Whatever you want to do, do it now. There are only so many- Michael Landon
Actors Secure $200 Million TV/Theatrical Contract:Screen Actors Guild (SAG) and the American Federation of Television and Radio Artists (AFTRA) announced today that they have negotiated a sweeping $200 million agreement with the Alliance of Motion Picture and Television Producers (AMPTP) on a new three-year television and theatrical contract(from SAG).
Seth Godin has a post on his blog referring to another blog's post about how an obscure album started to really sell. The song, called Dragostea Din Tei, has started to drive CD sales after people half a world away from the musicians (O-Zone) synced it to some flash animation.
I'm sort of thinking out loud, but I have the hunch that this kind of worldwide digital-remixing/reperforming (combined with the Long-Tail phenomena) could continue change the world of media. I doubt it will replace media's traditional forms, but may open other channels for media products to reach the audience. As actors, this change in how media moves from creators to consumers may affect us and our incomes (e.g., allows us to self-distribute in ways that were not before possible). Then again, I'm just thinking out loud.
How Shakespeare DiedMany historians and biographers have remarked upon William Shakespeare's surprising interest in sexually transmitted diseases, and now a study conducted by an infectious diseases specialist concludes that the bard likely had syphilis and that mercury, used to treat the disease, could have poisoned the playwright and contributed to his death(from discovery.com). Not everyone agrees with this study's findings. His works on-line:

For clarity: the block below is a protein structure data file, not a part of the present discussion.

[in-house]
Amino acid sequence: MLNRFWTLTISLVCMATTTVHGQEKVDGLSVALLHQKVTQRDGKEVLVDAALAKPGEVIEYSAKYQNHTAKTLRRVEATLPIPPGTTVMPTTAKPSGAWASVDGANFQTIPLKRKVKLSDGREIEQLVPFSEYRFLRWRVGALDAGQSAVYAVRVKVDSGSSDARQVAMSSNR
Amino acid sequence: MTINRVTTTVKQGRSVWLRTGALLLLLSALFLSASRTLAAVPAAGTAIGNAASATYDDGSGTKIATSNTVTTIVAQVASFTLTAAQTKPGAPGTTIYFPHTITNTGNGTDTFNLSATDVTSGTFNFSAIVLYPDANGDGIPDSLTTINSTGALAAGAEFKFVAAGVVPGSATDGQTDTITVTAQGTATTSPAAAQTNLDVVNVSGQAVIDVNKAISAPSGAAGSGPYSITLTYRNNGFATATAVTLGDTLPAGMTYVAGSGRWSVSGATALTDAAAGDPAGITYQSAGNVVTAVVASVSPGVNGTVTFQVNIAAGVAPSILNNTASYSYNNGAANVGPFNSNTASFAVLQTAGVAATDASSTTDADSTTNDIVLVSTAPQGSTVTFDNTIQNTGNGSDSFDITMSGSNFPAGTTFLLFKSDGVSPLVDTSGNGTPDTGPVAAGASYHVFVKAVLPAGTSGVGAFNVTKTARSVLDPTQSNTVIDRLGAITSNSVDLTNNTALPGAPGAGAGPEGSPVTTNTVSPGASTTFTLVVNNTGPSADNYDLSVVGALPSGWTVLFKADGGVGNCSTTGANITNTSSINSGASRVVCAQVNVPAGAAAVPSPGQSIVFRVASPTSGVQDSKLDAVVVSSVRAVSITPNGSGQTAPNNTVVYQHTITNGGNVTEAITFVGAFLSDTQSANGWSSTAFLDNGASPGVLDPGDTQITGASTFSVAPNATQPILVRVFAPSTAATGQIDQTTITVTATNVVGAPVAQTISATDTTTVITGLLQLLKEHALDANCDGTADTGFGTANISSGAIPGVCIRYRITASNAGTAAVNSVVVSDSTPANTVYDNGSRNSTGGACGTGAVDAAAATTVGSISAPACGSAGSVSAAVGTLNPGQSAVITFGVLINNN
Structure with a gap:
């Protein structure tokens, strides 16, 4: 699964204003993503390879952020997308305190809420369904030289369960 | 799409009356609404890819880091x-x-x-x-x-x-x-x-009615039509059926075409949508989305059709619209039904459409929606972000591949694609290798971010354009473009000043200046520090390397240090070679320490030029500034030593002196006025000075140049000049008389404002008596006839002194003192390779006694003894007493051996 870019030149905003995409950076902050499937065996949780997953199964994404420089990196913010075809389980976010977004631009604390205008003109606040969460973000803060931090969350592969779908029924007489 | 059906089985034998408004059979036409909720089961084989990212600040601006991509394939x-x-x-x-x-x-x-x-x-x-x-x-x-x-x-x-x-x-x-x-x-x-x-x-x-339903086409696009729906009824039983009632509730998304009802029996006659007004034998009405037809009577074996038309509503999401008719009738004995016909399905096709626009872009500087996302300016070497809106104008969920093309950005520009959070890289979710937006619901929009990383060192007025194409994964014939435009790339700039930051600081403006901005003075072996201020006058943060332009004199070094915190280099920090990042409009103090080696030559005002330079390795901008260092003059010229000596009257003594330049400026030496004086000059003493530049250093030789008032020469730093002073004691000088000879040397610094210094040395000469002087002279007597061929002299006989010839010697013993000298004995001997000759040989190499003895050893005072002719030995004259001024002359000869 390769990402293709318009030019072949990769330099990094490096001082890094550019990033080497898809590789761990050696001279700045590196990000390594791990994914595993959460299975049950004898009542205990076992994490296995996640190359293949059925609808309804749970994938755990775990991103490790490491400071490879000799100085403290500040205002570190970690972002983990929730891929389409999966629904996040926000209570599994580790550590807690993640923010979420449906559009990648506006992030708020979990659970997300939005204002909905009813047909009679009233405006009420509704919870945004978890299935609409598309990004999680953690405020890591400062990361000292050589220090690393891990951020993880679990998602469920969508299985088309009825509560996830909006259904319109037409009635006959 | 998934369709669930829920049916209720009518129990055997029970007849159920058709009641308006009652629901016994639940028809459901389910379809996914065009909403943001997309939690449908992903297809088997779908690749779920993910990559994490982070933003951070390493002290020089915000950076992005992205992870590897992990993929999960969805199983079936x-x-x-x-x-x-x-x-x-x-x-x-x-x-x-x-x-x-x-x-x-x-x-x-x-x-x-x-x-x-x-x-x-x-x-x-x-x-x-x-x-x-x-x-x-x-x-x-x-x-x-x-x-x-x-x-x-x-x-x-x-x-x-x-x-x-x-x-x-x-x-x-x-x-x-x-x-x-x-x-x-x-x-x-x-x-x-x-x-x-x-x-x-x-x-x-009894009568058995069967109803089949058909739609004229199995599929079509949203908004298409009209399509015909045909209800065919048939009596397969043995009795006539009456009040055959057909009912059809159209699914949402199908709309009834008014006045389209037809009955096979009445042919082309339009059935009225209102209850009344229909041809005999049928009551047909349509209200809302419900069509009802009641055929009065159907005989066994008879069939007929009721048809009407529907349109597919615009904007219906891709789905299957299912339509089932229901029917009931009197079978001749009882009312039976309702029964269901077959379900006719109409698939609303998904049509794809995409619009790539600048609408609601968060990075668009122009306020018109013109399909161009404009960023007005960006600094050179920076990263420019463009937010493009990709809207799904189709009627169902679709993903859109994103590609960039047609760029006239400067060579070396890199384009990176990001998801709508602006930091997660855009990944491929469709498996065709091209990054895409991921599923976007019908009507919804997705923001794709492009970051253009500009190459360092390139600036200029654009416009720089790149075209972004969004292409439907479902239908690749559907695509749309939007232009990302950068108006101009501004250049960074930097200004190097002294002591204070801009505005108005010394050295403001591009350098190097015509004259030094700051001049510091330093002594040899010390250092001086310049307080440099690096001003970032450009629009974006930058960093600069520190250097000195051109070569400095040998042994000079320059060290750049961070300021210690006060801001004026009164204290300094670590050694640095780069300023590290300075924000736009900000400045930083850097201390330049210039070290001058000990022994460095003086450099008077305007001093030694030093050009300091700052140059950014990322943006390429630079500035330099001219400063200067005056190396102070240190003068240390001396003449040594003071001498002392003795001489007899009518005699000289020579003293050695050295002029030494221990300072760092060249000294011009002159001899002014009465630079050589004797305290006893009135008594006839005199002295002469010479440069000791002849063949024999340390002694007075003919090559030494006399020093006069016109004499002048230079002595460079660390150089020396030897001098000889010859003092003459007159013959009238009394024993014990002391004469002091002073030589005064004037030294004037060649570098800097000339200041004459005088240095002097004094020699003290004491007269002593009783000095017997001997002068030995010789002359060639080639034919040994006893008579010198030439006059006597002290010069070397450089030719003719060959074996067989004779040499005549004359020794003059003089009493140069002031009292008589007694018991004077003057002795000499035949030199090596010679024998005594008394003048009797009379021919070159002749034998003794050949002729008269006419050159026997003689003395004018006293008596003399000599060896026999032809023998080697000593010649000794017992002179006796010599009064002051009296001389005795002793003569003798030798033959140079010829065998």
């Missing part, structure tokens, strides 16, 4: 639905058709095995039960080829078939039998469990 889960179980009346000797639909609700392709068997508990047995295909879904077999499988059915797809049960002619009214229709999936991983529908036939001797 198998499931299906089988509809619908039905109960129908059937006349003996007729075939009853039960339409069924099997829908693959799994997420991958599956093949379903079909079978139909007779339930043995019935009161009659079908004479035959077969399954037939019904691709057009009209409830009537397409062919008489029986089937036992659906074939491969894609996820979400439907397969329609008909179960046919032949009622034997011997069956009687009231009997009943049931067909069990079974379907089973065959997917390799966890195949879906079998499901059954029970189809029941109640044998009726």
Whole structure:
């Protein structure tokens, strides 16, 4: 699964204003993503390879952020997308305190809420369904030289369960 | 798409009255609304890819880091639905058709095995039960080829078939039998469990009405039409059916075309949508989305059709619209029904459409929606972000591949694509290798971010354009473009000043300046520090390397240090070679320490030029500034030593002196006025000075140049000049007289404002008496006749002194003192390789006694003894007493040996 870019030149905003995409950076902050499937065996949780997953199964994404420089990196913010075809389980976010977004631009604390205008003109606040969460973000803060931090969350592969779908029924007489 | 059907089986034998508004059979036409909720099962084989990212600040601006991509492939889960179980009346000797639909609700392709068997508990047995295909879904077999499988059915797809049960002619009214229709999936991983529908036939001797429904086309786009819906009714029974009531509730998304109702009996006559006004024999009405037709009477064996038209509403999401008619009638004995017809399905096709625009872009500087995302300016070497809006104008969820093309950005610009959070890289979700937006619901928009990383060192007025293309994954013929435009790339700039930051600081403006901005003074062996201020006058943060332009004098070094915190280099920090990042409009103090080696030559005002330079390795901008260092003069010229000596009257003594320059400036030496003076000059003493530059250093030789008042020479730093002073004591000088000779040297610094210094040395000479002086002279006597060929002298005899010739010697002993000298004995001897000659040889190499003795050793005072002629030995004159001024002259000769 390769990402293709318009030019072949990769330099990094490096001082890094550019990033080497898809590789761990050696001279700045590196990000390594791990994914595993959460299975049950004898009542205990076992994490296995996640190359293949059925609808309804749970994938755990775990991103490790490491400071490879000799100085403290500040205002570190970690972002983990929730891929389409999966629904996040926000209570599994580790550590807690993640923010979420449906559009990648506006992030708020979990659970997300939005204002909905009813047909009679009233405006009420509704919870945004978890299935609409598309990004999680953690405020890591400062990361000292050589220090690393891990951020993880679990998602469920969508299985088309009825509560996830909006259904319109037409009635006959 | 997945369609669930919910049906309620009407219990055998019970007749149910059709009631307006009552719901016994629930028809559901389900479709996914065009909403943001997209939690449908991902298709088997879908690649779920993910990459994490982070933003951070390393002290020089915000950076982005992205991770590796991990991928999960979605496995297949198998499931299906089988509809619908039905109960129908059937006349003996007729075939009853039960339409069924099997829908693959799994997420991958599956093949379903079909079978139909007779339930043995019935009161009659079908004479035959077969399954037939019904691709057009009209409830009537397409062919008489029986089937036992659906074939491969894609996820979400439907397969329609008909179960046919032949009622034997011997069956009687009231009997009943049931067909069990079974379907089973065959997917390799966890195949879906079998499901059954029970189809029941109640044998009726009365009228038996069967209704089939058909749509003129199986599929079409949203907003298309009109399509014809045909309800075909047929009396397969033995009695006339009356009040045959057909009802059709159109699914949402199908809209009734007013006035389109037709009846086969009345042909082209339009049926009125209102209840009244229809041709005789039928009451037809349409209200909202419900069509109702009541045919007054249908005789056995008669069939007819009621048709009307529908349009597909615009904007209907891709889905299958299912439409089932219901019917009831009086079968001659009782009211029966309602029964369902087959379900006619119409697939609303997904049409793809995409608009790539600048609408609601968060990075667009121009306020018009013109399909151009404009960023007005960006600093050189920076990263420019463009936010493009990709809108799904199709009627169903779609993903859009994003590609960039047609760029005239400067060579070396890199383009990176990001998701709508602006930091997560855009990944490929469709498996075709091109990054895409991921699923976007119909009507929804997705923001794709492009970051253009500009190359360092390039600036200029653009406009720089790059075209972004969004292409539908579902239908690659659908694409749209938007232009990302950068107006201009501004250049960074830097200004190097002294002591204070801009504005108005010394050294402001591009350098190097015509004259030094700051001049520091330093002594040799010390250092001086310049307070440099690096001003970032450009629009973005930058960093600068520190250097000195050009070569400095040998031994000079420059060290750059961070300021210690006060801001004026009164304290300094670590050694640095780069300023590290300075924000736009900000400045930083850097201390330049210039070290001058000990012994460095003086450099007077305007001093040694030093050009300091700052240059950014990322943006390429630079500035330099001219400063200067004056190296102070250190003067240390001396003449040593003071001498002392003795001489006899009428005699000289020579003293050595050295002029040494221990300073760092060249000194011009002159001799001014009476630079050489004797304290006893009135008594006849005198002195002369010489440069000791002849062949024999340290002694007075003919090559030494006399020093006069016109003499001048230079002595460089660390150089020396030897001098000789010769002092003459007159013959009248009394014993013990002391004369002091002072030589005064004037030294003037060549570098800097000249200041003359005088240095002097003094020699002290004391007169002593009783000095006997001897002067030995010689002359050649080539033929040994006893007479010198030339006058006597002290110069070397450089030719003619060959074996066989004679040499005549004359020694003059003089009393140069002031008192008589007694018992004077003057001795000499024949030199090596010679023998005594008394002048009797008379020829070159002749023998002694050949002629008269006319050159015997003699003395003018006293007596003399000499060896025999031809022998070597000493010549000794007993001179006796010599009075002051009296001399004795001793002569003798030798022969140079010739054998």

Actors Sell Their Talents: Make something people want to buy.Sometimes, salesmanship is overrated. What matters more is real marketing, marketing that involves making the right product, not hyping it(from Seth Godin).
Chicago Is Becoming the City of Choice for Pre-Broadway Tryouts:...the out-of-town Broadway tryout is back from the dead, and the resurrection started in Chicago.The revival began in 2001, when Mel Brooks' "The Producers" tried out here, doing boffo business and laying the groundwork for the show's subsequent triumph in New York.Since then, the Windy City has been on a roll as a Broadway launching pad, nurturing "Movin' Out," the Billy Joel-Twyla Tharp musical that worked out its kinks in Chicago on the way to becoming a smash on the Great White Way, and "Sweet Smell of Success," which was well-received here but failed to find an audience in New York.With a metro area of about 9 million, it has the requisite population base. It has a sophisticated theater audience with a track record of interest in new work. It has an ample supply of technical crew and stagehands who, due to union concessions, come considerably cheaper than their counterparts in New York.Perhaps most important, it has the necessary infrastructure, in the form of several large and (with the help of about $50 million in city funds) beautifully restored theaters - which, incidentally, are owned by Clear Channel Entertainment and the Nederlander Organization, both regular investors in Broadway musicals, including most of the Chicago tryout shows so far. The beauty of the arrangement is that Broadway in Chicago has the ability to host substantial pre-Broadway runs at one or more theaters while continuing to offer subscription series and/or alternative fare at its other houses(from Chicago Sun-Times).
Humor is the only test of gravity, and gravity of humor; for a subject which will not bear raillery is suspicious, and a jest which will not bear serious examination is false wit.-Aristotle